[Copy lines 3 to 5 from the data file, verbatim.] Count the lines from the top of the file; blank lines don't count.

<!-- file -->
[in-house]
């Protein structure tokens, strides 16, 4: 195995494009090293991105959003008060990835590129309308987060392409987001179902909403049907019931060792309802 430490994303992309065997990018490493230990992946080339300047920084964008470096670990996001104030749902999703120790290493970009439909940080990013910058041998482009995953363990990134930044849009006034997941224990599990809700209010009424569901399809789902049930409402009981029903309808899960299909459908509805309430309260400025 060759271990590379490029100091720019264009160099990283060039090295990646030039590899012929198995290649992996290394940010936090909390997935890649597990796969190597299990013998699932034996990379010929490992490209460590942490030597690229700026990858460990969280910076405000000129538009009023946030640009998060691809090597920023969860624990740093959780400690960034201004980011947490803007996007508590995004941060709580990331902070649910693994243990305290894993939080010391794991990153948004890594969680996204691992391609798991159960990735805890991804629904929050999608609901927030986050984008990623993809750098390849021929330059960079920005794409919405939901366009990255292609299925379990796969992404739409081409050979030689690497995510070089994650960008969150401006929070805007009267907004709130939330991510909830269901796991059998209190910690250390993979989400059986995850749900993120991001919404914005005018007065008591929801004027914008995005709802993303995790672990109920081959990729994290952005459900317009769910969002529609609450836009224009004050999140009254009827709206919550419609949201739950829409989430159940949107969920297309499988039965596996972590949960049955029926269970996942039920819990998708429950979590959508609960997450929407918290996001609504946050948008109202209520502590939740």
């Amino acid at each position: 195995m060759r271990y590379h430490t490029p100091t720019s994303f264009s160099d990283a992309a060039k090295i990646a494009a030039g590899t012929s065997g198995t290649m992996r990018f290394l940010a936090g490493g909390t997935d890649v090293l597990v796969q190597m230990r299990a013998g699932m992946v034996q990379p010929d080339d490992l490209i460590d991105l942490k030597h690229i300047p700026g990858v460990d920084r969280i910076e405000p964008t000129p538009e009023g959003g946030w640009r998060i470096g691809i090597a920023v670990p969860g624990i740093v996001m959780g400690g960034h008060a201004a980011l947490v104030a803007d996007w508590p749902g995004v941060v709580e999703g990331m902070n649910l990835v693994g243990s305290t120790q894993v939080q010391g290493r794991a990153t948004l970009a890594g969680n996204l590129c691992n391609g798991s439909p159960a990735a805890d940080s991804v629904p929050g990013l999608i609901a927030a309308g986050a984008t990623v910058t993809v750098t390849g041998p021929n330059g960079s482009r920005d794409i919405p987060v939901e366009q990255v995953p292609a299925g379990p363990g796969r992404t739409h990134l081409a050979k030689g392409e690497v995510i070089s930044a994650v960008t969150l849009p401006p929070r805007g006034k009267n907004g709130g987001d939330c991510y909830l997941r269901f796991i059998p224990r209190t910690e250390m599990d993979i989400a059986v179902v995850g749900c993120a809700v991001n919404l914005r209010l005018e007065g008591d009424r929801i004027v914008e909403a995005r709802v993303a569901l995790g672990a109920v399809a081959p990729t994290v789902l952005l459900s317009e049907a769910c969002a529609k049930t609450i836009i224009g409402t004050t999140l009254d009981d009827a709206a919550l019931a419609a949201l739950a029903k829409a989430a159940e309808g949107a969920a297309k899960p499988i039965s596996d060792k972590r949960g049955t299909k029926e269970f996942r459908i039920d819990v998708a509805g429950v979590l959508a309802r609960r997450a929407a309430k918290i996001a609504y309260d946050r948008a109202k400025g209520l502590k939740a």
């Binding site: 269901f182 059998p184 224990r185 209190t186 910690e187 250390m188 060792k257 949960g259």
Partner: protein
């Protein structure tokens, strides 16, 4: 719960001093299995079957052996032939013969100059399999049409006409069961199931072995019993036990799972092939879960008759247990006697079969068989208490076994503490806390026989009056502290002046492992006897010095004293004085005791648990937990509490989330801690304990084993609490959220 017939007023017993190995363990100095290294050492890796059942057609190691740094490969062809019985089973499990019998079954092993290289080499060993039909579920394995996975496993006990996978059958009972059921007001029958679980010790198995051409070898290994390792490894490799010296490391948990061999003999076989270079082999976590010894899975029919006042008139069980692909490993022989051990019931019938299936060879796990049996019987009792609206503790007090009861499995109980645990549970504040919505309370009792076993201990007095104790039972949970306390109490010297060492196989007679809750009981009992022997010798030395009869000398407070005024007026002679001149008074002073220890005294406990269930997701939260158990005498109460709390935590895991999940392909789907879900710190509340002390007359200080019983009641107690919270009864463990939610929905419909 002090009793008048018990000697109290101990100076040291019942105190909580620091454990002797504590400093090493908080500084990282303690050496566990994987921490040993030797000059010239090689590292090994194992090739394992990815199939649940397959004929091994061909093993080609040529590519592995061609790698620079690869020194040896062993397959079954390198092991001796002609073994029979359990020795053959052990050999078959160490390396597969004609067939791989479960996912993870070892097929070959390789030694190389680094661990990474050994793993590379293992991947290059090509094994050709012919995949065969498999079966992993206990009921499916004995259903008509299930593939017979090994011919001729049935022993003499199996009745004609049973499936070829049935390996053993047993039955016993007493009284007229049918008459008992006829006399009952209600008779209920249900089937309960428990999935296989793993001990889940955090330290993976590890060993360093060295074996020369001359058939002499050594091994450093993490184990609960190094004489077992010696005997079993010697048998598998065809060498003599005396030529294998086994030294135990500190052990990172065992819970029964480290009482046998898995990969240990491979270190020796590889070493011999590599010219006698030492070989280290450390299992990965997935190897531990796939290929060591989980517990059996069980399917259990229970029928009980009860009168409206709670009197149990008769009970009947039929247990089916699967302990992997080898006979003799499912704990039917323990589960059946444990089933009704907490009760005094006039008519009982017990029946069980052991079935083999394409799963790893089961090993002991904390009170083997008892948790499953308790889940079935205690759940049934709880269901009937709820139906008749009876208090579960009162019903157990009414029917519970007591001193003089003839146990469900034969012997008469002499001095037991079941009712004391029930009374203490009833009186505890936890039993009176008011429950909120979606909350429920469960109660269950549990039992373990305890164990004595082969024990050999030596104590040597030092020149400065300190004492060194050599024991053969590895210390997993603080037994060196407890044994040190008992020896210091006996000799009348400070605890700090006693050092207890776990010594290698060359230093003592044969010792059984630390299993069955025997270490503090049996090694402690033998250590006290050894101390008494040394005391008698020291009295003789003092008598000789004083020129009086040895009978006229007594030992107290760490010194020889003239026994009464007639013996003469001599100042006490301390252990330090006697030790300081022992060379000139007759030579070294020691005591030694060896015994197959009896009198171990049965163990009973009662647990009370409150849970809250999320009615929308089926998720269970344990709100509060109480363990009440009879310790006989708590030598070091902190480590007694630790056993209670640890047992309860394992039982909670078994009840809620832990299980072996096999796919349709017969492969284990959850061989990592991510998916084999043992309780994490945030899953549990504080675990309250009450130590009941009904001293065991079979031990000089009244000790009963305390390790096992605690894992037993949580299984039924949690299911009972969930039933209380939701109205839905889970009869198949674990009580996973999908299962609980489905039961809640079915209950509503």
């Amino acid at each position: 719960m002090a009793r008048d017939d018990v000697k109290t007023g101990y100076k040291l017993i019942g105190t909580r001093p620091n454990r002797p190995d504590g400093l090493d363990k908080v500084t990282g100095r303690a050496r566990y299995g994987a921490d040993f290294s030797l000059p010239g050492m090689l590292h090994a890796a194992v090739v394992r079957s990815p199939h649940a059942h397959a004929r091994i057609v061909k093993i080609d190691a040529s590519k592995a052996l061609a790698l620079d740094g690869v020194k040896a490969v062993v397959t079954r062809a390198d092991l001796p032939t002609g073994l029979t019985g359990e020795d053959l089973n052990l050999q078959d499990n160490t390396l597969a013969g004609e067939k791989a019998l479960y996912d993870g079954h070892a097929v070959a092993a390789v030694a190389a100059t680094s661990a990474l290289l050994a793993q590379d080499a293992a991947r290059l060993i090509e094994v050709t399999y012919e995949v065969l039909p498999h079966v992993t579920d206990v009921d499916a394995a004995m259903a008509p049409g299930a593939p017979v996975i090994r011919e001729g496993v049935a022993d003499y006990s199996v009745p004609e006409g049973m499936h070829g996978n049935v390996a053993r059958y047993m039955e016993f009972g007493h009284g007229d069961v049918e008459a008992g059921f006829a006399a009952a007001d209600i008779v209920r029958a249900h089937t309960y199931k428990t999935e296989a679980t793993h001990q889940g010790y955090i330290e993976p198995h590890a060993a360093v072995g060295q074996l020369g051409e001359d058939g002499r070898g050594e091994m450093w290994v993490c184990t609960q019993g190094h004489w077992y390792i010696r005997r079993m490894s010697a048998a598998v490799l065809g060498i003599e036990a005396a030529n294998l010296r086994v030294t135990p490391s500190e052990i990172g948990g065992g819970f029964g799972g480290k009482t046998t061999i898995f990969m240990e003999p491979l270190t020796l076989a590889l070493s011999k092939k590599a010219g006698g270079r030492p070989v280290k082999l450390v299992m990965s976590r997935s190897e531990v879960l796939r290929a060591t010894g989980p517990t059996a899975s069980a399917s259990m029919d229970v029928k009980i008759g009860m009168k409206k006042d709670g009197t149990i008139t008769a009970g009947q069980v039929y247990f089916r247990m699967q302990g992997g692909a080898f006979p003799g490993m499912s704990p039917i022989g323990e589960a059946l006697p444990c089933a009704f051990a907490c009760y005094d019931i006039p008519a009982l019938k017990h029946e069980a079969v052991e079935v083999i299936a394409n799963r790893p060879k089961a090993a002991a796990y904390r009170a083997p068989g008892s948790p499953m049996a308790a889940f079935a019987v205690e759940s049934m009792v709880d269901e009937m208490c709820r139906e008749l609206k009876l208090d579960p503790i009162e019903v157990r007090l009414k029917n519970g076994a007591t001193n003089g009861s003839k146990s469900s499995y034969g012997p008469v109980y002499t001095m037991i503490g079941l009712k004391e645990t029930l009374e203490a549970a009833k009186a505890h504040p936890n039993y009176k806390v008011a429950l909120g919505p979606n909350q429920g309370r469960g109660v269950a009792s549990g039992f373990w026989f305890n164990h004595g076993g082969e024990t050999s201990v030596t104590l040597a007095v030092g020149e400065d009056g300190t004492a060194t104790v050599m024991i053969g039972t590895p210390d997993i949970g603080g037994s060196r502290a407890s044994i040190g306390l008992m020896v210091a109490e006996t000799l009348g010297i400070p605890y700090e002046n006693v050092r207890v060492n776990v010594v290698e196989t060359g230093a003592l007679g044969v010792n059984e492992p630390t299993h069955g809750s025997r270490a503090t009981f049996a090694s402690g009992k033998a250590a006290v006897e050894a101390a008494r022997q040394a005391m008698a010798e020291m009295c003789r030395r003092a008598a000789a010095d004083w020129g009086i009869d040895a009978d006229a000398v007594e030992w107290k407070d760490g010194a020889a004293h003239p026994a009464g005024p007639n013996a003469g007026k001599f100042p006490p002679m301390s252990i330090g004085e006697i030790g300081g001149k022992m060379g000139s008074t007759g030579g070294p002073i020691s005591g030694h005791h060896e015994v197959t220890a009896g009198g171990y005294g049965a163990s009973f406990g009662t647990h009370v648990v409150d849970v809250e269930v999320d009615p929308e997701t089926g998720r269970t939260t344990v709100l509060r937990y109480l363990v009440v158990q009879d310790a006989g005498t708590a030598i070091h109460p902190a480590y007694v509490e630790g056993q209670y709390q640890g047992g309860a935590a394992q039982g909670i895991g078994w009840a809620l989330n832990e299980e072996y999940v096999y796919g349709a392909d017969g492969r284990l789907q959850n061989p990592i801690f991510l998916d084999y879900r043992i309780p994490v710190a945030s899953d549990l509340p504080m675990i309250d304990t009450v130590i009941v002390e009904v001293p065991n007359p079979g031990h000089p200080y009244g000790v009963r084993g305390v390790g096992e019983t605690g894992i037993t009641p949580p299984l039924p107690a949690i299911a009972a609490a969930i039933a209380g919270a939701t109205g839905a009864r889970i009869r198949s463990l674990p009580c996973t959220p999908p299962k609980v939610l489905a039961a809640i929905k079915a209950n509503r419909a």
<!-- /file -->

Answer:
């Amino acid at each position: 195995m060759r271990y590379h430490t490029p100091t720019s994303f264009s160099d990283a992309a060039k090295i990646a494009a030039g590899t012929s065997g198995t290649m992996r990018f290394l940010a936090g490493g909390t997935d890649v090293l597990v796969q190597m230990r299990a013998g699932m992946v034996q990379p010929d080339d490992l490209i460590d991105l942490k030597h690229i300047p700026g990858v460990d920084r969280i910076e405000p964008t000129p538009e009023g959003g946030w640009r998060i470096g691809i090597a920023v670990p969860g624990i740093v996001m959780g400690g960034h008060a201004a980011l947490v104030a803007d996007w508590p749902g995004v941060v709580e999703g990331m902070n649910l990835v693994g243990s305290t120790q894993v939080q010391g290493r794991a990153t948004l970009a890594g969680n996204l590129c691992n391609g798991s439909p159960a990735a805890d940080s991804v629904p929050g990013l999608i609901a927030a309308g986050a984008t990623v910058t993809v750098t390849g041998p021929n330059g960079s482009r920005d794409i919405p987060v939901e366009q990255v995953p292609a299925g379990p363990g796969r992404t739409h990134l081409a050979k030689g392409e690497v995510i070089s930044a994650v960008t969150l849009p401006p929070r805007g006034k009267n907004g709130g987001d939330c991510y909830l997941r269901f796991i059998p224990r209190t910690e250390m599990d993979i989400a059986v179902v995850g749900c993120a809700v991001n919404l914005r209010l005018e007065g008591d009424r929801i004027v914008e909403a995005r709802v993303a569901l995790g672990a109920v399809a081959p990729t994290v789902l952005l459900s317009e049907a769910c969002a529609k049930t609450i836009i224009g409402t004050t999140l009254d009981d009827a709206a919550l019931a419609a949201l739950a029903k829409a989430a159940e309808g949107a969920a297309k899960p499988i039965s596996d060792k972590r949960g049955t299909k029926e269970f996942r459908i039920d819990v998708a509805g429950v979590l959508a309802r609960r997450a929407a309430k918290i996001a609504y309260d946050r948008a109202k400025g209520l502590k939740a």
């Binding site: 269901f182 059998p184 224990r185 209190t186 910690e187 250390m188 060792k257 949960g259």
Partner: protein